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Thunderbolt 4: What We Know So Far
Thunderbolt 4 will be the fourth generation of the Intel’s Thunderbolt connectivity protocol. In this article, we will cover everything you need to know about Thunderbolt 4 and the anticipated enhancements to the current Thunderbolt 3 protocol.
While it was a rather quiet show by Intel at the CES 2020 with no new hardware mentions, their keynote presentation provided a glimpse of what to expect later this year when their 10nm+ Tiger Lake processors hit the market. The new processors, which will bring more speed, computing power, and intelligence, will include the next-generation Thunderbolt 4 specification.
For quick observations, it seems Thunderbolt 4 will have the same transfer speeds as Thunderbolt 3. Tb3 is the most advanced port right now. With transfer speeds up to 40Gbps, the new Thunderbolt 4 will be no better than the current version in terms of bandwidth.
However, it will make no sense for Intel to announce a new connectivity specification with no enhancements to the current version. Thunderbolt 4 will undoubtedly have some edge and innovations over Thunderbolt 3. Still, as of now, it is up for the users to spectate as Intel did not provide enough technical details.
Thunderbolt 4 vs Thunderbolt 3
TB4 will use the same reversible, flippable Type-C connector, just like TB3. It’s a relief for many as you get to keep your Thunderbolt 3 cable. However, the specifications will be reduced to that of tb3 even when you connect it to a Thunderbolt 4 port.
At this point, we can be sure both versions will have the same speeds and use the same type C connector.
However, we anticipate seeing some differences when Intel finally unveils all the Thunderbolt 4 technical details. For instance, Intel has improved different specifications, such as Power Delivery and video throughput across the three generations of the thunderbolt interface.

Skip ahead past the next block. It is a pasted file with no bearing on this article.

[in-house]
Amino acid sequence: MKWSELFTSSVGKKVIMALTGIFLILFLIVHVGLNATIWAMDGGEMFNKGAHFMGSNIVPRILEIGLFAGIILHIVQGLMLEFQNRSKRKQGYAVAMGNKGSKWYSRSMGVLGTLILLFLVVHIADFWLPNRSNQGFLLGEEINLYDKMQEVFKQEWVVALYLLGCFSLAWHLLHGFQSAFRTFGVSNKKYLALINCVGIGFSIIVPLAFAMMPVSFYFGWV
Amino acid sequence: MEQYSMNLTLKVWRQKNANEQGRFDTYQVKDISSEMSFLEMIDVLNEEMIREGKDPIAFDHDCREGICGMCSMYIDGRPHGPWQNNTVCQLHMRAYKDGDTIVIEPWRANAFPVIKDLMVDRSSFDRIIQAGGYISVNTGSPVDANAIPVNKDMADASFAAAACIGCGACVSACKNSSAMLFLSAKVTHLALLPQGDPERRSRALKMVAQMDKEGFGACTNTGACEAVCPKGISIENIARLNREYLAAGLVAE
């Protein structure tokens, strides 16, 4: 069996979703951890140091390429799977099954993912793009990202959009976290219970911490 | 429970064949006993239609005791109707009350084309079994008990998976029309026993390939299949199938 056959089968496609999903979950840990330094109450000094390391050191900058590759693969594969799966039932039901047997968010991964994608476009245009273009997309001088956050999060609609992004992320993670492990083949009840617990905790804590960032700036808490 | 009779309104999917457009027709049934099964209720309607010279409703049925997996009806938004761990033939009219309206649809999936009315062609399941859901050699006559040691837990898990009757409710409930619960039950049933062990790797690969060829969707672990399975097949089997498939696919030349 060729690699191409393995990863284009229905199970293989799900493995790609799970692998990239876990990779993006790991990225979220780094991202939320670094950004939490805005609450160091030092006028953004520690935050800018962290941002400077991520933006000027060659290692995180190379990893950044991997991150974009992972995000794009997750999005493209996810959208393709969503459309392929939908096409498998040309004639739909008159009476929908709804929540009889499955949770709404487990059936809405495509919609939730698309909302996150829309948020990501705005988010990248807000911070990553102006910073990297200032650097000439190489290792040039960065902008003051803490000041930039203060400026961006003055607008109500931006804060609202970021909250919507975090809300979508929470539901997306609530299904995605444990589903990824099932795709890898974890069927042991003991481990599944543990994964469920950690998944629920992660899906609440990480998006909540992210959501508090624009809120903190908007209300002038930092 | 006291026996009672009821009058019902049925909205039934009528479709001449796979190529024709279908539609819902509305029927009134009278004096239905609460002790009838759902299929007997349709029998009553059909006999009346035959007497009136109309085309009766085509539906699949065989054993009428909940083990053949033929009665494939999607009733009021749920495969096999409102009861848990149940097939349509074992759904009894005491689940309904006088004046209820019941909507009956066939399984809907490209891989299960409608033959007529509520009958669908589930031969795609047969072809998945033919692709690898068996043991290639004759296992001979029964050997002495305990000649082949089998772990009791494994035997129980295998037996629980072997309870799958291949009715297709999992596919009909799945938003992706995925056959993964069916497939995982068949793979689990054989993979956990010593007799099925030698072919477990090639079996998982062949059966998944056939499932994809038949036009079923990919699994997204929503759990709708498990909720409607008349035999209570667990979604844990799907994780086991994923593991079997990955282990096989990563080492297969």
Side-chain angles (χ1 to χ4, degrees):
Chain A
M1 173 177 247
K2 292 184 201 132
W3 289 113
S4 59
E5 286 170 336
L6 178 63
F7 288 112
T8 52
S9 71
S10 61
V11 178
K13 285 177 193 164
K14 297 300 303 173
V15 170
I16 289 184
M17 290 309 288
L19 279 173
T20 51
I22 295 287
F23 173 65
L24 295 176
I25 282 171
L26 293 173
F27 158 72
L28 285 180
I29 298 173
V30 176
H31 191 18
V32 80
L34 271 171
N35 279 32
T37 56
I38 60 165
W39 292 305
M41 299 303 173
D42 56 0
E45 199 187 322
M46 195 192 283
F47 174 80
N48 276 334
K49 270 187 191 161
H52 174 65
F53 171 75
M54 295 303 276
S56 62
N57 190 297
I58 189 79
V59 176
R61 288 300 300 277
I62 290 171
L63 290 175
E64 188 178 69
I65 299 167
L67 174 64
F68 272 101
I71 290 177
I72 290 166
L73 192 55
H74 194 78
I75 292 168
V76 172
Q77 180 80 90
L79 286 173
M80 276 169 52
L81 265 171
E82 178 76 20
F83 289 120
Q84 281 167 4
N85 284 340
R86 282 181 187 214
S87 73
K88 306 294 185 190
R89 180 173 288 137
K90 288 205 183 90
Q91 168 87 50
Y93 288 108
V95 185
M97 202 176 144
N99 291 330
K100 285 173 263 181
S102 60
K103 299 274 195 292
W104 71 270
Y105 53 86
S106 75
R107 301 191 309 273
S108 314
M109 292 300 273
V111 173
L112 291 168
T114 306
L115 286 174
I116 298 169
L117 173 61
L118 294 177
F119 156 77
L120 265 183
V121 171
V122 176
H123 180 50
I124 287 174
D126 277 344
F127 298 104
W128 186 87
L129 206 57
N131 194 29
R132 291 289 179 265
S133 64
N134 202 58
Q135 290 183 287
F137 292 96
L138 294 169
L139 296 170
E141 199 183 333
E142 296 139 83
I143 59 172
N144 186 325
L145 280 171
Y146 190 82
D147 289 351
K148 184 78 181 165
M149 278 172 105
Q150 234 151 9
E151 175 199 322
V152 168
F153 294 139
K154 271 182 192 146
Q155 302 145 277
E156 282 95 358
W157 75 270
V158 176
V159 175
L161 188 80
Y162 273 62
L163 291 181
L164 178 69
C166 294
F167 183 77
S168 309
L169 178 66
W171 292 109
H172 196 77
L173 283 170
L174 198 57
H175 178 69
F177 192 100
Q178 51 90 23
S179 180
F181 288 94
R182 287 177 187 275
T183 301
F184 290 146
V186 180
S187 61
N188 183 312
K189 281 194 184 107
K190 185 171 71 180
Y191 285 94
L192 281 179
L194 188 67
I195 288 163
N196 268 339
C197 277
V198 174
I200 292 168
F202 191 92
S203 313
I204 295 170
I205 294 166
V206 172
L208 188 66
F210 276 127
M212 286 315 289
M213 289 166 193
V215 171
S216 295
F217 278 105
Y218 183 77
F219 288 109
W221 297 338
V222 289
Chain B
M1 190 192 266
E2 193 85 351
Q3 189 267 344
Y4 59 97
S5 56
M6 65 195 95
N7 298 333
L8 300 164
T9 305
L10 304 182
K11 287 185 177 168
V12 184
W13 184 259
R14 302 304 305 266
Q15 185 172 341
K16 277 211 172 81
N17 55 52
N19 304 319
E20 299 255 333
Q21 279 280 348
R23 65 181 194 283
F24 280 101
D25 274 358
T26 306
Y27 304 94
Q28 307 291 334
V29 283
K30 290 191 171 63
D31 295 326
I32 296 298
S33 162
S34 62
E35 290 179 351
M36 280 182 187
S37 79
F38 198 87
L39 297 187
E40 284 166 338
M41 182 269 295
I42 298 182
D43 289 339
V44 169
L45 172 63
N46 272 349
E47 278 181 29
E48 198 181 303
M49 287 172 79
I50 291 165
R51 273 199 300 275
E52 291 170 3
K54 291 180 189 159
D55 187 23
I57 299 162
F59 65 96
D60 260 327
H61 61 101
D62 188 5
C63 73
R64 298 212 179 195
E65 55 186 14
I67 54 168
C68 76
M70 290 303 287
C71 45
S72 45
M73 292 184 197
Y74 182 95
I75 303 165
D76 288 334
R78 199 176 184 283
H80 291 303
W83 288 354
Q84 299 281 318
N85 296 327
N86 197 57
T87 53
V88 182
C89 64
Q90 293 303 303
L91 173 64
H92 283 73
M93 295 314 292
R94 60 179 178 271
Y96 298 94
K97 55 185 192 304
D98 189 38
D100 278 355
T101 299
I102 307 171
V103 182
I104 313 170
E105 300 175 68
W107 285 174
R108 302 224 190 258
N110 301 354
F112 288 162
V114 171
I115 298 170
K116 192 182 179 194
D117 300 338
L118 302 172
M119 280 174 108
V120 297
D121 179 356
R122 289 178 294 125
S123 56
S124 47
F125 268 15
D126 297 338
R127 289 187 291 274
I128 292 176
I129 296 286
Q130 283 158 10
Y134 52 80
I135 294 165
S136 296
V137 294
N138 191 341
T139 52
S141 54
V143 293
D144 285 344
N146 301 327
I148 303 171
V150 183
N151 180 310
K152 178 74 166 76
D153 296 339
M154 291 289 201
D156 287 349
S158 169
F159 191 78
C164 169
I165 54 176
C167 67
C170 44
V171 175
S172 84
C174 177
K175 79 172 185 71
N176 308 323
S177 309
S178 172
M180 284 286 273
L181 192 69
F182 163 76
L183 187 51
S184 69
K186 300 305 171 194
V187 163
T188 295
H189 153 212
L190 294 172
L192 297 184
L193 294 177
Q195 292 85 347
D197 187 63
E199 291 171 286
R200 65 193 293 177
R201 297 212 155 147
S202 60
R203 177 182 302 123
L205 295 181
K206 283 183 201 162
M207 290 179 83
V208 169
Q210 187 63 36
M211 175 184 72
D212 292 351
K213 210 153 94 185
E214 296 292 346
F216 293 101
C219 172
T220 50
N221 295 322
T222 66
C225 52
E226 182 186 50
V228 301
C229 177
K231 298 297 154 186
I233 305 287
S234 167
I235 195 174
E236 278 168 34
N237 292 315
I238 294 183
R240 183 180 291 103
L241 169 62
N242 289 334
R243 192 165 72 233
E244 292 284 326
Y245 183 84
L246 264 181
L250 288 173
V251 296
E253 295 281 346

Here is the detailed journey of Thunderbolt and what has changed across each generation:
|Version||Launch date||Transfer Speeds||Display Throughput||Connector|
|Thunderbolt 1||2011||2 x10Gbps||1 x 2560 x 1600 @ 60Hz||mini DisplayPort|
|Thunderbolt 2||2013||20Gbps||2 x 1440p @ 60Hz 1 x 4K @ 60Hz||mini DisplayPort|
|Thunderbolt 3||2015||40Gbps||1 x 4K @ 120Hz 2 x 4K @ 60Hz 1 x 5K @ 60||USB Type-C|
Announced in 2011, the first generation of Thunderbolt came with speeds of up to 10Gbps. It was bi-directional, so it can send and receive data at 10Gbps cross two channels at the same time.
Thunderbolt 1 supports a single display with up to 2560 x 1600 resolution at 60Hz refresh rate. A single port could support daisy-chaining of up to six TB1 devices. In contrast with today’s generation, Thunderbolt 1 used a mini DisplayPort connector.
The second generation of Thunderbolt brought further enhancements over the first TB port. Thunderbolt 2 port doubled the transfer speeds to 20Gbps. The second generation, however, maintained the mini DisplayPort connector and was backward compatible with Thunderbolt 1.
In addition to the improved transfer speeds, Thunderbolt 2 brought new light to 4K fanatics. You could connect a single 4K monitor at 60Hz refresh rate or dual 1440p displays at 60Hz. If you don’t mind using lower refresh rates, you can easily use dual 4K displays at 30Hz with a Thunderbolt 2 port.
Announced in 2015, the third generation of Thunderbolt is the dominant connectivity protocol to date, not for long, though. Thunderbolt 3 top speed of 40Gbps is the highest transfer speeds you’ll ever find on a computer today.
Thunderbolt 3 ditched the mini DisplayPort connector in favor of the reversible Type-C connector. Along with it came Power Delivery standards. A Thunderbolt 3 host can provide a power output of up to 100W, which you can use to charge a laptop.
There were also significant improvements in terms of video throughput. Thunderbolt 3 port can support a single 4K display at 120Hz, dual 4K displays at 60Hz, or a single [email protected] 60Hz display.
With the history of Thunderbolt, it is fair to say that Thunderbolt 4 will bring some new features and improvements. While we anticipate a new logo other than the lightning bolt of Thunderbolt 3, we should wait for more details from Intel regarding specifications such as video throughput, power delivery, and more.
Intel was hesitant to provide all the information regarding this new generation of Thunderbolt at the CES 2020. However, we will be keen to see how Thunderbolt 4 stands out from the rest, not just the badge and version number, in the coming months.